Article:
EE, who are now second on the list for the first time, have had 60% fewer complaints than a year earlier. A spokeswoman for the company says, however, that there is still room for improvement as they received 29 complaints for every 100,000 subscribers.
January 29, 2014 at 3:04 pm
The statement was made following Sony’s announcement of their new streaming service, PlayStation Now, which will now allow people to play games the same way they stream TV, movies and music. The games will also be stored in the cloud, up to date and ready to pick up and play on any compatible device. In order for the gamer to have a ‘good experience’, Sony states that a broadband speed of 5mb or greater is required for this service.
Computer Weekly reported in the last quarter of 2013 that the growth rate of the average broadband speed in the UK was one of the world’s largest with the average speed hitting 8.4Mbps. However, there was a staggering 48 per cent increase since the same period in 2012. This was the largest gain of any country worldwide and contributed to the UK being ranked tenth globally for average speeds.
Ofcom reports that since they first began publishing broadband speed rates in November 2008 the average broadband speed has more than quadrupled. That would equate to a broadband speed increase of 309 per cent.
“When OnLive was first announced, there was scepticism around whether game streaming could even work,” OnLive’s general manager Bruce Grove stated. “Over the last few years we’ve seen increased fibre deployments and people now routinely have 20Mbps, many can get 100Mbps or greater.”
Ofcom and OnLive believe the UK’s broadband capabilities are more than enough to support such a service and that the roll out of fibre optic broadband has opened up streaming to more gamers than ever.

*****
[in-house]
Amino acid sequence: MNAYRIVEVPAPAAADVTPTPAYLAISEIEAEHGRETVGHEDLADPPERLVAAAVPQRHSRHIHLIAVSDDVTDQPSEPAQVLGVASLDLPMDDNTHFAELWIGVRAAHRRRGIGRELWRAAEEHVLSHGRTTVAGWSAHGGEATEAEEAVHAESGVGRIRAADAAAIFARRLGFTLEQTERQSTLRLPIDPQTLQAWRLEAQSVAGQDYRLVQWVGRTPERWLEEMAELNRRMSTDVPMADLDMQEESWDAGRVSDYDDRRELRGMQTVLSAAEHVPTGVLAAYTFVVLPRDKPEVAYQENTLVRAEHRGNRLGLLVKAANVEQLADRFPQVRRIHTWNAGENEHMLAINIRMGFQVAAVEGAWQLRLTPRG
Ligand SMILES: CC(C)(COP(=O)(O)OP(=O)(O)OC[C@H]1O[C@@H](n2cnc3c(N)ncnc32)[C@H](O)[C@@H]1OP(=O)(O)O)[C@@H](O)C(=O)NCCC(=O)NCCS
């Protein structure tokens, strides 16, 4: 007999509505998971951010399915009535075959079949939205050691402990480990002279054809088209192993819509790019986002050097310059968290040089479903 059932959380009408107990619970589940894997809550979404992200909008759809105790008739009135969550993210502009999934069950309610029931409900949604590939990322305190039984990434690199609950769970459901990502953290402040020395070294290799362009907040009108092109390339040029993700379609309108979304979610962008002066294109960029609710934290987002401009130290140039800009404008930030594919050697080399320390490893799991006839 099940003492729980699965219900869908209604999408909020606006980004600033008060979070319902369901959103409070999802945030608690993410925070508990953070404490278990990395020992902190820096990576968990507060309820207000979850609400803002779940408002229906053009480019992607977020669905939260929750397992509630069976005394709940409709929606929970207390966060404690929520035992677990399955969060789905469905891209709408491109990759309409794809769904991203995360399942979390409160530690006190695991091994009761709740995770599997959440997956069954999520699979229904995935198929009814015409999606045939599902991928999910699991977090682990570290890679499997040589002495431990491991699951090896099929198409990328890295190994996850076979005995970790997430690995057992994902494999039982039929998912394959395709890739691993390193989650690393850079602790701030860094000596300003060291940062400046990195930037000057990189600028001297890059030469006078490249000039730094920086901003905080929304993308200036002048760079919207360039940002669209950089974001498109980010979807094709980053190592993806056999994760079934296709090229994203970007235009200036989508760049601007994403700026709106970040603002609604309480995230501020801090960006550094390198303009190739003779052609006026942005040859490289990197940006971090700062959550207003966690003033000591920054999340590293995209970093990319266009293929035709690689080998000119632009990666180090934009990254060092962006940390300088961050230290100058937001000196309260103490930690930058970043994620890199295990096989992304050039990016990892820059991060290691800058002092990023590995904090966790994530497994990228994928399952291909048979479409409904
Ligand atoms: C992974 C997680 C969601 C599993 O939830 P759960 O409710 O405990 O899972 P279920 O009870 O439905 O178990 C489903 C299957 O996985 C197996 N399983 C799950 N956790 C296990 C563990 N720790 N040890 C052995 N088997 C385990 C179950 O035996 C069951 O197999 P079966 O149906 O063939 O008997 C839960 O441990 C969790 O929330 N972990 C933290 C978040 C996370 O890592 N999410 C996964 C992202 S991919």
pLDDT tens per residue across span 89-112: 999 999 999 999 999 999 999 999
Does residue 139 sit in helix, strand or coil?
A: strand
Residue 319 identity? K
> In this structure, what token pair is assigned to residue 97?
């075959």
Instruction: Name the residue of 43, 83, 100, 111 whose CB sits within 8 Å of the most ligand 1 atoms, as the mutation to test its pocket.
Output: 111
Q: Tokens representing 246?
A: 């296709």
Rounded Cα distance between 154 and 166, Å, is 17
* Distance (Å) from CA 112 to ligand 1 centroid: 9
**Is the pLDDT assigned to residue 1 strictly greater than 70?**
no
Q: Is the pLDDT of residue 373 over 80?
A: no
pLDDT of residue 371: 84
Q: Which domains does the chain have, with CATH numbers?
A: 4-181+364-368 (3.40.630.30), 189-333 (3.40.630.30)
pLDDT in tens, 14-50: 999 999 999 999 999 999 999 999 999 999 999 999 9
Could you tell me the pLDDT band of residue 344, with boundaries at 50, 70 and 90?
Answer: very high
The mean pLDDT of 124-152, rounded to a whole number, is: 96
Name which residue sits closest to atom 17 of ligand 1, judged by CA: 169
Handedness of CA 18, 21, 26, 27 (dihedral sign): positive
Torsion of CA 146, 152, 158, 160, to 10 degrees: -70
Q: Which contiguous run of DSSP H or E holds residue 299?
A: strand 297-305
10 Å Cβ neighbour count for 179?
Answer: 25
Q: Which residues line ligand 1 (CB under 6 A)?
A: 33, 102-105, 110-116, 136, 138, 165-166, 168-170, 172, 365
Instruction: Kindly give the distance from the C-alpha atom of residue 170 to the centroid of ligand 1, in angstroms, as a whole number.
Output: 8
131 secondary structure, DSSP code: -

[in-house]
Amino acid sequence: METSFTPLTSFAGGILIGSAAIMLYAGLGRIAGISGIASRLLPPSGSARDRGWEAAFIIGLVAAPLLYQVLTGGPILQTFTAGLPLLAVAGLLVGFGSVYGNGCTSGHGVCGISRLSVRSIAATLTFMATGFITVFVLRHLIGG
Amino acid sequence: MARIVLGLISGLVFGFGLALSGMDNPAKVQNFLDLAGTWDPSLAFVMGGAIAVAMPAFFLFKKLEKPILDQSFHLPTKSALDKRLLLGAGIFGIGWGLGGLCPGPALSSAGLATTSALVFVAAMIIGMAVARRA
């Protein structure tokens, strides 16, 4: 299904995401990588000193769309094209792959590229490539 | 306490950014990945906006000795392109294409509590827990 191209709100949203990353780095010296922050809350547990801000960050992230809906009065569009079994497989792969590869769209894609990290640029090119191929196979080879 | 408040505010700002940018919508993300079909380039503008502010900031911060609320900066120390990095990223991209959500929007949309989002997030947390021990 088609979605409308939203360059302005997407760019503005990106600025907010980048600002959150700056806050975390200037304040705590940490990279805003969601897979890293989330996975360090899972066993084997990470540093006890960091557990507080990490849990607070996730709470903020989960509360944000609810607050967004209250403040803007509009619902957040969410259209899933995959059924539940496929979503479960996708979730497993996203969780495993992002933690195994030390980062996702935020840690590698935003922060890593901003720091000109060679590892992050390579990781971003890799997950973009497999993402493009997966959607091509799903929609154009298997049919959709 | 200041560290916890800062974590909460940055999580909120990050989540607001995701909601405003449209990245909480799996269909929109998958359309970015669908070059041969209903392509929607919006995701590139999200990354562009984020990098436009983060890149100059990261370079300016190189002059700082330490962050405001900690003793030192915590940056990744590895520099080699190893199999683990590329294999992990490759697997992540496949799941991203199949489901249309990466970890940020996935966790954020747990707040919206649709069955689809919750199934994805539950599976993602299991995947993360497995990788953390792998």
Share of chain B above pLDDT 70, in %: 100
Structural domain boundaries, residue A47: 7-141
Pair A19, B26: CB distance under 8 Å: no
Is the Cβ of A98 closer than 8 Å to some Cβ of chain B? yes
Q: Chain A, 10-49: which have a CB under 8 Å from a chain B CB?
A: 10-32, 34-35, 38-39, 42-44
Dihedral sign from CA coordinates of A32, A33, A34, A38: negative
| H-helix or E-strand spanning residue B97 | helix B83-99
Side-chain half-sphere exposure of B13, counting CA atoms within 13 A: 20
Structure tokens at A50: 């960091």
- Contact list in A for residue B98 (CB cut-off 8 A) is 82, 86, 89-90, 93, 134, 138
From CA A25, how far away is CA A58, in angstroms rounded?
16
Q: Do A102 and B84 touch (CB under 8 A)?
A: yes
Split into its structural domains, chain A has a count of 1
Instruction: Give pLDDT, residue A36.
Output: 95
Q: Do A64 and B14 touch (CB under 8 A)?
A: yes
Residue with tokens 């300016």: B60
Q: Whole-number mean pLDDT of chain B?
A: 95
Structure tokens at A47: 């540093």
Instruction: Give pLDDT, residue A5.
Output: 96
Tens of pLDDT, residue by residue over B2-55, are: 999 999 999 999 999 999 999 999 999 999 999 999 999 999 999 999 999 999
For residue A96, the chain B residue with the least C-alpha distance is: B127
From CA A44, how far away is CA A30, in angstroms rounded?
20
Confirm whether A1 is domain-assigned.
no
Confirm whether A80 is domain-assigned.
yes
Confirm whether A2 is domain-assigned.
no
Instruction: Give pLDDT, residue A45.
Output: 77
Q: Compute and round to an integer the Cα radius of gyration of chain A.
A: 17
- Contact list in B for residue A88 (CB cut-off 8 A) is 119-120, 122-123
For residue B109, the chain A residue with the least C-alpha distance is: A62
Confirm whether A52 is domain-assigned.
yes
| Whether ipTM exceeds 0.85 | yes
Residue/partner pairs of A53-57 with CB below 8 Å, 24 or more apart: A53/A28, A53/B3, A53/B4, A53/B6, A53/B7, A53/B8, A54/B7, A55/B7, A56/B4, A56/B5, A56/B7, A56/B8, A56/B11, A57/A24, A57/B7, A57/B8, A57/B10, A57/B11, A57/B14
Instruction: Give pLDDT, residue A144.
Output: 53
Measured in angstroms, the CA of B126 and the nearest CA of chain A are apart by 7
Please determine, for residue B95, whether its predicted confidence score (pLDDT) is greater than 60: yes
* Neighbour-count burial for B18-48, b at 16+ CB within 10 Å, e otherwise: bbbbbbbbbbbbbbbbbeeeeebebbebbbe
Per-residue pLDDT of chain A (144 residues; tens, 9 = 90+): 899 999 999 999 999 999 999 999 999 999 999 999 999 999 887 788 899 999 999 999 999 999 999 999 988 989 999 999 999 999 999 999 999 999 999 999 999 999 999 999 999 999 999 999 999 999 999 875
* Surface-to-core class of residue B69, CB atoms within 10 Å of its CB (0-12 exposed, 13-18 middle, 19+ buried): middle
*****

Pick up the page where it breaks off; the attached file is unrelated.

January 24, 2014 at 3:37 pm
The two companies announced on Tuesday that they achieved speeds of 1.4 terabits a second on a test performed on a 255 mile link between the BT tower in central London and Ipswich. This is the equivalent of transferring “44 uncompressed HD films in a single second”.
Demand for increased bandwidth is growing by around 35% every year, claim Alcatel-Lucent, due to more customers using data-hungry streaming services such as Netflix. This demand is putting pressure on internet service providers to find ways to enhance or upgrade their broadband infrastructure while keeping costs down.
Even though it may be many years before consumers notice any increased speeds, the results of the test have been seen as a breakthrough by experts as they show that there are ways to send a greater amount of data through existing infrastructure without having to perform costly upgrades.
The tests were done using existing fibre cable technology, and a new “flexible grid” system. Kevin Drury from Alcatel-Lucent has explained it by likening the method to reducing space between lanes on a busy motorway. By creating some flexibility, streaming video would be able to use the equivalent of a large wide lane, whereas standard web pages would need only a small one, thereby packing together more data into the same amount of space.